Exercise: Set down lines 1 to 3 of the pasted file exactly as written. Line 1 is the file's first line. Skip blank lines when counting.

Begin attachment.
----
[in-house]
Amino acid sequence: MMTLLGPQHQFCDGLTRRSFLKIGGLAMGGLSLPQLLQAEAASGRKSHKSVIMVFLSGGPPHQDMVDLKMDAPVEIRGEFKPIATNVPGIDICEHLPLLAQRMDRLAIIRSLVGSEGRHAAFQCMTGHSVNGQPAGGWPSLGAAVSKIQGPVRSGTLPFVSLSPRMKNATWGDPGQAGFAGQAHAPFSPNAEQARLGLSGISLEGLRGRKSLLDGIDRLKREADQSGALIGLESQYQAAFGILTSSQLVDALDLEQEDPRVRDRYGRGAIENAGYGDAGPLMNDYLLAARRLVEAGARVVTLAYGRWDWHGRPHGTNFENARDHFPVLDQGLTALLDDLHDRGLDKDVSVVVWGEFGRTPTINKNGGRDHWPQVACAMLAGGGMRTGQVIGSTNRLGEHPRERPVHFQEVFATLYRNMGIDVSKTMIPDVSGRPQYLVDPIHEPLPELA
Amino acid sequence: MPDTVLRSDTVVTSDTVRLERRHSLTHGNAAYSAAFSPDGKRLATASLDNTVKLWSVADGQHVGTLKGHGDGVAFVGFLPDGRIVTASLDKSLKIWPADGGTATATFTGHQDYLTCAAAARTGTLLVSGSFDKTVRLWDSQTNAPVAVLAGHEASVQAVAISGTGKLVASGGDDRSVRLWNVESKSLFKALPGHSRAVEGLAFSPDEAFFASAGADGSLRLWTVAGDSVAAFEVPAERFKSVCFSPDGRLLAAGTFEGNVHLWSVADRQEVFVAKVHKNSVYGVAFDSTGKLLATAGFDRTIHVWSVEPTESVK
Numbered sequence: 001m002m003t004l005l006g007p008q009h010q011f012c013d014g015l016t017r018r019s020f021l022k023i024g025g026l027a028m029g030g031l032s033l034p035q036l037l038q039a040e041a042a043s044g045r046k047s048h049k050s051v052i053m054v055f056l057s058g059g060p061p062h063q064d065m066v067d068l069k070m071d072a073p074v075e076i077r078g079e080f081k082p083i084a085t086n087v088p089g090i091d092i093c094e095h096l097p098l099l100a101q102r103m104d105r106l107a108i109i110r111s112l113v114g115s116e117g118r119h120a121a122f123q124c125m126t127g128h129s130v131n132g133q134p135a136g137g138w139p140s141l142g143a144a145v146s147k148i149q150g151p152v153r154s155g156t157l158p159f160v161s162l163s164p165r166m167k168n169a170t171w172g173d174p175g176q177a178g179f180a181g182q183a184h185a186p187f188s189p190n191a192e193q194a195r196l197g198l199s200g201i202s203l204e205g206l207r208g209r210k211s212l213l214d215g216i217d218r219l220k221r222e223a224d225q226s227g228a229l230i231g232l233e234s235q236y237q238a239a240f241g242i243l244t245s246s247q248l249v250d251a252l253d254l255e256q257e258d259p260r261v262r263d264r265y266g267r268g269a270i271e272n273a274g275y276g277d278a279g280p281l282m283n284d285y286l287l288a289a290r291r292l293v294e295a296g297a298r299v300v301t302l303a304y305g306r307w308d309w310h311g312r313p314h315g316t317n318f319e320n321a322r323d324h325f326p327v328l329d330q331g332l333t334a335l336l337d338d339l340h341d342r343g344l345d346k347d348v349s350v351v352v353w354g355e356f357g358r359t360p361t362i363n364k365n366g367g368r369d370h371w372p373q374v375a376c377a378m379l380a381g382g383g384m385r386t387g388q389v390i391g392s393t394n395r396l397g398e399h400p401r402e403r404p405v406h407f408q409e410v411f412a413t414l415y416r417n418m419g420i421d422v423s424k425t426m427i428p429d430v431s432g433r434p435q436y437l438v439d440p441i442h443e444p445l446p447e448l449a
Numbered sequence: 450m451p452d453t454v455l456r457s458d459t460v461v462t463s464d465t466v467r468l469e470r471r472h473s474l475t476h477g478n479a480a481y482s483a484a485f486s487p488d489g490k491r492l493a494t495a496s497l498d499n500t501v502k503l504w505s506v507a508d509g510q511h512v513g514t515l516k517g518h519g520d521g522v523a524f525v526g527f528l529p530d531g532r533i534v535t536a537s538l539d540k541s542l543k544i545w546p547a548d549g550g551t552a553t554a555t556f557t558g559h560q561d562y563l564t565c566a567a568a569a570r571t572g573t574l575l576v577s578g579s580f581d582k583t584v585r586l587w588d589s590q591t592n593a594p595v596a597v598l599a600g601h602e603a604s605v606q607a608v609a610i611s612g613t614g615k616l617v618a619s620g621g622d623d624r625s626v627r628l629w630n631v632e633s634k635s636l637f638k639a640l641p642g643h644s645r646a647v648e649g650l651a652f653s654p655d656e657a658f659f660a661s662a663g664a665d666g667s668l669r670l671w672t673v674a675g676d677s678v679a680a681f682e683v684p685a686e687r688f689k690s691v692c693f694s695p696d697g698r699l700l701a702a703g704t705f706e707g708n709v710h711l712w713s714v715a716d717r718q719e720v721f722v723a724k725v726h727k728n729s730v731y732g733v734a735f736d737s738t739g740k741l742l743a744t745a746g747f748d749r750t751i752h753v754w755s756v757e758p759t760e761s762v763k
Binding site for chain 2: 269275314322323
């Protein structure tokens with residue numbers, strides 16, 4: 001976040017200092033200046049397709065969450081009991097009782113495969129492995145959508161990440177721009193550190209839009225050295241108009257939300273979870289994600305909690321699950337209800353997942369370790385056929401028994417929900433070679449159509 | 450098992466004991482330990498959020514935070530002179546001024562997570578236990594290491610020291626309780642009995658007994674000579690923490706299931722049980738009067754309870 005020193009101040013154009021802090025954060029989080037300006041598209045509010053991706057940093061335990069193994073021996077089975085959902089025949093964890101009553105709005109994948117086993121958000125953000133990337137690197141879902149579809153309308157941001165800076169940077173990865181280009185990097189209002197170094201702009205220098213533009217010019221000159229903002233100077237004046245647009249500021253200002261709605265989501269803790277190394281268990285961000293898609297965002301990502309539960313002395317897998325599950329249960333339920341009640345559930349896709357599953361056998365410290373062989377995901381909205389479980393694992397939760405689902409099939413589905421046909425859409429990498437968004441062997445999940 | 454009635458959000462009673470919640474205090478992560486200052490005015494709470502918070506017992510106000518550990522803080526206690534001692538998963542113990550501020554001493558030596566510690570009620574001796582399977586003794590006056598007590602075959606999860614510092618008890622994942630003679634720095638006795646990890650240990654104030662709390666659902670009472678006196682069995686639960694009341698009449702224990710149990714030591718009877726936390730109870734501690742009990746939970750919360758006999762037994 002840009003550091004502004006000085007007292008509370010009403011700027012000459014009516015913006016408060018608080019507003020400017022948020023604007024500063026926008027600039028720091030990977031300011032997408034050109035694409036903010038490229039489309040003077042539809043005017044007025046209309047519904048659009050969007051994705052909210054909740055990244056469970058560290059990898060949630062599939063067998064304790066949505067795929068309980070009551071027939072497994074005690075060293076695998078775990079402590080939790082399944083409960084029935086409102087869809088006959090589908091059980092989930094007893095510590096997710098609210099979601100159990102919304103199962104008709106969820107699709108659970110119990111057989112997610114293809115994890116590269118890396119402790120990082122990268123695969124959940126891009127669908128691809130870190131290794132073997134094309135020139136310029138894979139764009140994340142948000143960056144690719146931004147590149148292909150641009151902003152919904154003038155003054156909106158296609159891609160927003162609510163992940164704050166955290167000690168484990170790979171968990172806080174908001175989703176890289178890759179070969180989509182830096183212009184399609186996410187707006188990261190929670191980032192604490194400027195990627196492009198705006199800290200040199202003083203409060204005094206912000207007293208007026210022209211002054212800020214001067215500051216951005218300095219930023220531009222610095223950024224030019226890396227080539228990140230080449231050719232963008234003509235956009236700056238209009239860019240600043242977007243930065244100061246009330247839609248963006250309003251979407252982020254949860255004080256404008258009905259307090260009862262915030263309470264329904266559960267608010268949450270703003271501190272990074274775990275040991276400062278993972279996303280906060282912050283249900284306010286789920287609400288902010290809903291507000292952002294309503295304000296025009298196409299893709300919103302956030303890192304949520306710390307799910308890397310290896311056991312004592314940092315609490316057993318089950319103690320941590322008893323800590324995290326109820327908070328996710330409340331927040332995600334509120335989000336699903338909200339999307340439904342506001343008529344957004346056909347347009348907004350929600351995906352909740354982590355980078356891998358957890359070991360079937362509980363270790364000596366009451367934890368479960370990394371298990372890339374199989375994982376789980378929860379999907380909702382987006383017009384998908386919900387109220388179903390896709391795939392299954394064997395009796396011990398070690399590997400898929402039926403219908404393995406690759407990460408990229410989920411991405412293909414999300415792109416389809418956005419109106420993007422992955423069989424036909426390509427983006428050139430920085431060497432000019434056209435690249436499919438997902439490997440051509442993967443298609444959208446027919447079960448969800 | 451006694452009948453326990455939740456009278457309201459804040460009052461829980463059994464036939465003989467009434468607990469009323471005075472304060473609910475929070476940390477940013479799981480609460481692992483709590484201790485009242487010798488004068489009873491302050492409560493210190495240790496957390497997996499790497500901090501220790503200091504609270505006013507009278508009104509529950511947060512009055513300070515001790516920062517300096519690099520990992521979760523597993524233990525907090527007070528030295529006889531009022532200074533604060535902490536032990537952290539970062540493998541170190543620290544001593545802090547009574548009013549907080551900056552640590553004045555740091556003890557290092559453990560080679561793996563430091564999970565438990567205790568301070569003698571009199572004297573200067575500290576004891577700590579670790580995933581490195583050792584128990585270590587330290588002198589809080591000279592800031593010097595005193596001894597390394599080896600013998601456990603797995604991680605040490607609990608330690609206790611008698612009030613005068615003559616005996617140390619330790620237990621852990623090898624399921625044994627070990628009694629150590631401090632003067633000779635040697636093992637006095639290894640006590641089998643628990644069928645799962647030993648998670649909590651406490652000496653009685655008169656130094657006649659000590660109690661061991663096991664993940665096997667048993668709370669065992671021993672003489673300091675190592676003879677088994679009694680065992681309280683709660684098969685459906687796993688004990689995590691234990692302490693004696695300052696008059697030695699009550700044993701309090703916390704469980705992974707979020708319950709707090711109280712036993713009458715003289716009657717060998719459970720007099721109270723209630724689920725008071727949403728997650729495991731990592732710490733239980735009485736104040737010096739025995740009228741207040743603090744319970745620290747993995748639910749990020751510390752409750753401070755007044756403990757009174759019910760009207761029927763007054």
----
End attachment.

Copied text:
[in-house]
Amino acid sequence: MMTLLGPQHQFCDGLTRRSFLKIGGLAMGGLSLPQLLQAEAASGRKSHKSVIMVFLSGGPPHQDMVDLKMDAPVEIRGEFKPIATNVPGIDICEHLPLLAQRMDRLAIIRSLVGSEGRHAAFQCMTGHSVNGQPAGGWPSLGAAVSKIQGPVRSGTLPFVSLSPRMKNATWGDPGQAGFAGQAHAPFSPNAEQARLGLSGISLEGLRGRKSLLDGIDRLKREADQSGALIGLESQYQAAFGILTSSQLVDALDLEQEDPRVRDRYGRGAIENAGYGDAGPLMNDYLLAARRLVEAGARVVTLAYGRWDWHGRPHGTNFENARDHFPVLDQGLTALLDDLHDRGLDKDVSVVVWGEFGRTPTINKNGGRDHWPQVACAMLAGGGMRTGQVIGSTNRLGEHPRERPVHFQEVFATLYRNMGIDVSKTMIPDVSGRPQYLVDPIHEPLPELA
Amino acid sequence: MPDTVLRSDTVVTSDTVRLERRHSLTHGNAAYSAAFSPDGKRLATASLDNTVKLWSVADGQHVGTLKGHGDGVAFVGFLPDGRIVTASLDKSLKIWPADGGTATATFTGHQDYLTCAAAARTGTLLVSGSFDKTVRLWDSQTNAPVAVLAGHEASVQAVAISGTGKLVASGGDDRSVRLWNVESKSLFKALPGHSRAVEGLAFSPDEAFFASAGADGSLRLWTVAGDSVAAFEVPAERFKSVCFSPDGRLLAAGTFEGNVHLWSVADRQEVFVAKVHKNSVYGVAFDSTGKLLATAGFDRTIHVWSVEPTESVK